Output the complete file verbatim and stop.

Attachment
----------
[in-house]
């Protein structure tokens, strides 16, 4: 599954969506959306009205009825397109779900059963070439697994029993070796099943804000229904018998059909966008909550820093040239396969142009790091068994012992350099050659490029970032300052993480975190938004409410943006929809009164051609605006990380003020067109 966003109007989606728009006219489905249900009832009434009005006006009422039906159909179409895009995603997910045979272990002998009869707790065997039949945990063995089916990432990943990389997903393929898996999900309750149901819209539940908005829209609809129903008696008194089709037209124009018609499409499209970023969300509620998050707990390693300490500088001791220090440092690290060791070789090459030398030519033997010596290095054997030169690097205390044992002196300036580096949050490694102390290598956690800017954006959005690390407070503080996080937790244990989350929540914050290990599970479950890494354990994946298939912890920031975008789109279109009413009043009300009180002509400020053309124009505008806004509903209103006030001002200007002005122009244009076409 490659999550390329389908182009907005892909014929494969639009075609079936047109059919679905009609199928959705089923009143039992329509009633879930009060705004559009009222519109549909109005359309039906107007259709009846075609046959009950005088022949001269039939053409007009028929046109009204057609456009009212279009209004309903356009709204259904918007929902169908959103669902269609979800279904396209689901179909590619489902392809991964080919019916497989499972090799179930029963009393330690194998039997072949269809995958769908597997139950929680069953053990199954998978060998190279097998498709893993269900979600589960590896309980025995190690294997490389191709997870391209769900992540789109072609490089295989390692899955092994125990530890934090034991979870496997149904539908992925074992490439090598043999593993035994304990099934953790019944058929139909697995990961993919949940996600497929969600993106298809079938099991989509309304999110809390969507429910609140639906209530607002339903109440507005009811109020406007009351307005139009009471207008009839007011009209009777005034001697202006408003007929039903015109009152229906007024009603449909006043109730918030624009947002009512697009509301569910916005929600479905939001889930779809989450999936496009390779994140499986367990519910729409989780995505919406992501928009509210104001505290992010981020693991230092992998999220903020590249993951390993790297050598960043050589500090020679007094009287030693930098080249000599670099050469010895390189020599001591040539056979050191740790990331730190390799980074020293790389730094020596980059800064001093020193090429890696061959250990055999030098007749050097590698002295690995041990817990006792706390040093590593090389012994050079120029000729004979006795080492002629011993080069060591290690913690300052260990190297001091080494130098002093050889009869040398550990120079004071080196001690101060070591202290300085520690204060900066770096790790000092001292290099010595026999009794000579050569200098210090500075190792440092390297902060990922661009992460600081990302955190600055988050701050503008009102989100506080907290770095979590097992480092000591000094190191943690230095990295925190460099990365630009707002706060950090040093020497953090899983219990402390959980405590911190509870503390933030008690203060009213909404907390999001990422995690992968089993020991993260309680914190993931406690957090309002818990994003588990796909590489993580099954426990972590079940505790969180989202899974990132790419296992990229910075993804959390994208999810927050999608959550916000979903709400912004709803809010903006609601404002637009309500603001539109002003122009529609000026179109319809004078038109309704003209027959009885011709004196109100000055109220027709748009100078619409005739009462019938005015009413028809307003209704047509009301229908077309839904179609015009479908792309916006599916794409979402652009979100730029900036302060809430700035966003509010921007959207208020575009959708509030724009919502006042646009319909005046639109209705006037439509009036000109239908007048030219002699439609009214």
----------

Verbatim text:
[in-house]
């Protein structure tokens, strides 16, 4: 599954969506959306009205009825397109779900059963070439697994029993070796099943804000229904018998059909966008909550820093040239396969142009790091068994012992350099050659490029970032300052993480975190938004409410943006929809009164051609605006990380003020067109 966003109007989606728009006219489905249900009832009434009005006006009422039906159909179409895009995603997910045979272990002998009869707790065997039949945990063995089916990432990943990389997903393929898996999900309750149901819209539940908005829209609809129903008696008194089709037209124009018609499409499209970023969300509620998050707990390693300490500088001791220090440092690290060791070789090459030398030519033997010596290095054997030169690097205390044992002196300036580096949050490694102390290598956690800017954006959005690390407070503080996080937790244990989350929540914050290990599970479950890494354990994946298939912890920031975008789109279109009413009043009300009180002509400020053309124009505008806004509903209103006030001002200007002005122009244009076409 490659999550390329389908182009907005892909014929494969639009075609079936047109059919679905009609199928959705089923009143039992329509009633879930009060705004559009009222519109549909109005359309039906107007259709009846075609046959009950005088022949001269039939053409007009028929046109009204057609456009009212279009209004309903356009709204259904918007929902169908959103669902269609979800279904396209689901179909590619489902392809991964080919019916497989499972090799179930029963009393330690194998039997072949269809995958769908597997139950929680069953053990199954998978060998190279097998498709893993269900979600589960590896309980025995190690294997490389191709997870391209769900992540789109072609490089295989390692899955092994125990530890934090034991979870496997149904539908992925074992490439090598043999593993035994304990099934953790019944058929139909697995990961993919949940996600497929969600993106298809079938099991989509309304999110809390969507429910609140639906209530607002339903109440507005009811109020406007009351307005139009009471207008009839007011009209009777005034001697202006408003007929039903015109009152229906007024009603449909006043109730918030624009947002009512697009509301569910916005929600479905939001889930779809989450999936496009390779994140499986367990519910729409989780995505919406992501928009509210104001505290992010981020693991230092992998999220903020590249993951390993790297050598960043050589500090020679007094009287030693930098080249000599670099050469010895390189020599001591040539056979050191740790990331730190390799980074020293790389730094020596980059800064001093020193090429890696061959250990055999030098007749050097590698002295690995041990817990006792706390040093590593090389012994050079120029000729004979006795080492002629011993080069060591290690913690300052260990190297001091080494130098002093050889009869040398550990120079004071080196001690101060070591202290300085520690204060900066770096790790000092001292290099010595026999009794000579050569200098210090500075190792440092390297902060990922661009992460600081990302955190600055988050701050503008009102989100506080907290770095979590097992480092000591000094190191943690230095990295925190460099990365630009707002706060950090040093020497953090899983219990402390959980405590911190509870503390933030008690203060009213909404907390999001990422995690992968089993020991993260309680914190993931406690957090309002818990994003588990796909590489993580099954426990972590079940505790969180989202899974990132790419296992990229910075993804959390994208999810927050999608959550916000979903709400912004709803809010903006609601404002637009309500603001539109002003122009529609000026179109319809004078038109309704003209027959009885011709004196109100000055109220027709748009100078619409005739009462019938005015009413028809307003209704047509009301229908077309839904179609015009479908792309916006599916794409979402652009979100730029900036302060809430700035966003509010921007959207208020575009959708509030724009919502006042646009319909005046639109209705006037439509009036000109239908007048030219002699439609009214």